Container Closure System

3.4 Container-Closure System:

3.2.P.2.4 The suitability of the container-closure system (described in 3.2.P.7) used for the storage, transportation (shipping) and use of the FPP should be discussed. This discussion should consider, e.g. choice of materials, protection from moisture and light, compatibility of the materials of construction with the dosage form (including sorption to container and leaching) safety of materials of construction and performance (such as reproducibility of the dose delivery from the device when presented as part of the FPP).

The properties of the container-closure systems should be defined by the characteristics of the FPP and the conditions prevailing in the intended market (e.g. climatic zone IVb).

Stability testing of primary batches of the FPP is conducted on samples packaged in the container-closure system selected for marketing in order to confirm compatibility and product stability to support PDs for marketing authorization.

When the container-closure system is a critical factor for FPP stability, batch or supplier variations need to be minimized through tight specifications and extended sampling plans for QC testing.

To facilitate the visual identification of spuriously or falsely-labelled, falsified or counterfeit (SFFC) medicines (including by the public) the description needs to be completely detailed in the product information. Details may include information on the container-closure system, such as “round, white opaque, highdensity polyethylene (HDPE) bottles fitted with white opaque, polypropylene continuous thread closures with induction sealing liner”, or “a blister package comprising clear transparent polyvinyl chloride (PVC) film with a backing of aluminium foil coated with heat-seal lacquer”.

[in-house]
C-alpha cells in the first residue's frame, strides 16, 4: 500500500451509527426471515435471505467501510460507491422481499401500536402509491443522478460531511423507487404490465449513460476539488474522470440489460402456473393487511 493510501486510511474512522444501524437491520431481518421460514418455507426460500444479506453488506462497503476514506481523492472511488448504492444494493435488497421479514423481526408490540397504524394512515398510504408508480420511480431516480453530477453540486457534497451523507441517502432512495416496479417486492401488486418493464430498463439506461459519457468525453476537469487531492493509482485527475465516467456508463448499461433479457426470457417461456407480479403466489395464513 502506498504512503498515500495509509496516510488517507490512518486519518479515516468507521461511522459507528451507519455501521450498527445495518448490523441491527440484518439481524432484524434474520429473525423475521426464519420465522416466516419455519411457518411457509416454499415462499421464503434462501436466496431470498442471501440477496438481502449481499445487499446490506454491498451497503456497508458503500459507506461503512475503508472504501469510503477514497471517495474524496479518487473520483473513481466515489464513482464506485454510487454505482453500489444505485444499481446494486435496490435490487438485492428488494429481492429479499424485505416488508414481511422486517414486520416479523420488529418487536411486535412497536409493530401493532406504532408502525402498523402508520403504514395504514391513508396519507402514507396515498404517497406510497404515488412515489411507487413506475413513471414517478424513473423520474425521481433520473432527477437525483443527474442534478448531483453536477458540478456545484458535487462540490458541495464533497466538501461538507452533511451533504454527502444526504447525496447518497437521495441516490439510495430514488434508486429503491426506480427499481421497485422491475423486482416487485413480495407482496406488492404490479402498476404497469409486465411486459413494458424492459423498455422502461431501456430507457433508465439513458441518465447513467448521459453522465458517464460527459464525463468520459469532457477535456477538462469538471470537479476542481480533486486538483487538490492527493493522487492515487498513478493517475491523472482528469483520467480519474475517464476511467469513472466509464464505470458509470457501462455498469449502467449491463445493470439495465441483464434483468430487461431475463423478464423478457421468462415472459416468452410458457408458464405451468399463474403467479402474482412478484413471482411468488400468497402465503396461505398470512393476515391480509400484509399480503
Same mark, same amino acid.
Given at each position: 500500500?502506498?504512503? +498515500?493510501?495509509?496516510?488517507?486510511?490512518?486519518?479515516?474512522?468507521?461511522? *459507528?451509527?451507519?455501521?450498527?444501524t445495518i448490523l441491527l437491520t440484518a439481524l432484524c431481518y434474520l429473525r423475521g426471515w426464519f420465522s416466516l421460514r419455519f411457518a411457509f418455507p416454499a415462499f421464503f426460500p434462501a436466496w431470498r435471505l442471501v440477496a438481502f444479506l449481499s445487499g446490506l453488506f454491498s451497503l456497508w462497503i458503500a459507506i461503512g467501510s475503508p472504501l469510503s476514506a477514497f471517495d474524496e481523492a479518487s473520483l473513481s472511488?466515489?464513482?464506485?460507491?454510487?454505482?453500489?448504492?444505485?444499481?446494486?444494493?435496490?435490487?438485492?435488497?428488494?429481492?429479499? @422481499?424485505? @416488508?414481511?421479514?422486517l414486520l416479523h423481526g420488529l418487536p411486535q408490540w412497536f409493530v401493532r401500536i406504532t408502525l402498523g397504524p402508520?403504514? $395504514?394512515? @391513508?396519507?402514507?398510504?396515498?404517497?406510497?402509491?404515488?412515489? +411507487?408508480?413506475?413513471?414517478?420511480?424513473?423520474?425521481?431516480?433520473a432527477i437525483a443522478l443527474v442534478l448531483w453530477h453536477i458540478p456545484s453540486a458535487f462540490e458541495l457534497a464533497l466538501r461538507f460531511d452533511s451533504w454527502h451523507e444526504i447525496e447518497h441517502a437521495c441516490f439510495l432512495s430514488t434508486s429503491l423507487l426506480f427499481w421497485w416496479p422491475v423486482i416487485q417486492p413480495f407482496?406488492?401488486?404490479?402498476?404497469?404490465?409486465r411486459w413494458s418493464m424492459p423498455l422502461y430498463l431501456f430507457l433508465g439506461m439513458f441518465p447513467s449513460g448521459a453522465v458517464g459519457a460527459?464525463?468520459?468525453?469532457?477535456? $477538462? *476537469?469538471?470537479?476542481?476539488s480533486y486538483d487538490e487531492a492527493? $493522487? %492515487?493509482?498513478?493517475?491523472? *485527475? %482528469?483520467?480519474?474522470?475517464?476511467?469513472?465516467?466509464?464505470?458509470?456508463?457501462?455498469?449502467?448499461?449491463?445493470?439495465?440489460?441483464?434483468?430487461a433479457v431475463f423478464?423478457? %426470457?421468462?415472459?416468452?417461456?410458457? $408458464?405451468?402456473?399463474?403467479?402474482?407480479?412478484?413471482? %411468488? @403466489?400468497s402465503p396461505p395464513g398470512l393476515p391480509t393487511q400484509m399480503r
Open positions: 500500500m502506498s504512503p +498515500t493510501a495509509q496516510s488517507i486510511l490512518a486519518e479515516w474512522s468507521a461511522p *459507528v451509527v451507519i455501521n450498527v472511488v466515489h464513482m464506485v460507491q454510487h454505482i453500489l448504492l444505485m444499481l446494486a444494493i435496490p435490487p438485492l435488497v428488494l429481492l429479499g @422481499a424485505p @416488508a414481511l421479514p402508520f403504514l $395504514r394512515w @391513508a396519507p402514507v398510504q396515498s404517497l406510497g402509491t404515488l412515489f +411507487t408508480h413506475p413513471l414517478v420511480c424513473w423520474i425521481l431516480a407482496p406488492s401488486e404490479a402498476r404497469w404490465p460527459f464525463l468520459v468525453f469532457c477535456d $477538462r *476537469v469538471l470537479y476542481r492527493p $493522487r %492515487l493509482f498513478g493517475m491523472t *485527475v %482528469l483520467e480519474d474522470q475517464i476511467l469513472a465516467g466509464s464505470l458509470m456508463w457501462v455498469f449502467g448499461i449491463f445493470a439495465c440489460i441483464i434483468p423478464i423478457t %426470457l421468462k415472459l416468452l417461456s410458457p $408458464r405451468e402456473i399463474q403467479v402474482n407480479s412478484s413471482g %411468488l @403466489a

Primary packing materials, particularly plastics, should comply with relevant pharmacopoeial and food contact regulations.

Testing requirements to verify the suitability of the container-closure system contact material(s) depend on the dosage form and route of administration and possibly, the manufacturing process. The pharmacopoeias provide standards that are required for packaging materials; examples include the following:

– glass containers (17, 18);
– plastic containers (19, 20);
– rubber/elastomeric closures (21, 22).

Table 1 outlines the general recommendations for the various dosage forms for once-only studies to establish the suitability of the container-closure system contact materials.

Table 1
Studies to establish the suitability of the container-closure system contact materials


Solid Oral Products

Oral Liquid and Topical Products 

Sterile Products (Including Ophthalmic Preparations) 

Description of any additional treatments a 



× (sterilization and depyrogenation of the components) 

Extraction studies 




Interaction studies  (migration/sorption)




Moisture permeability 

× (uptake) 

× (usually loss) 

× (usually loss)

Light transmission 

× b 



× Information should usually be submitted.
- Information does not need to be submitted.
a E.g. coating of tubes, siliconization of rubber stoppers, sulfur treatment of ampoules or vials.
b Not required if product has been shown to be photostable.

The suitability of the container-closure system used for the storage, transportation (shipping) and use of any intermediate or in-process products (e.g. premixes, bulk FPP) should also be discussed.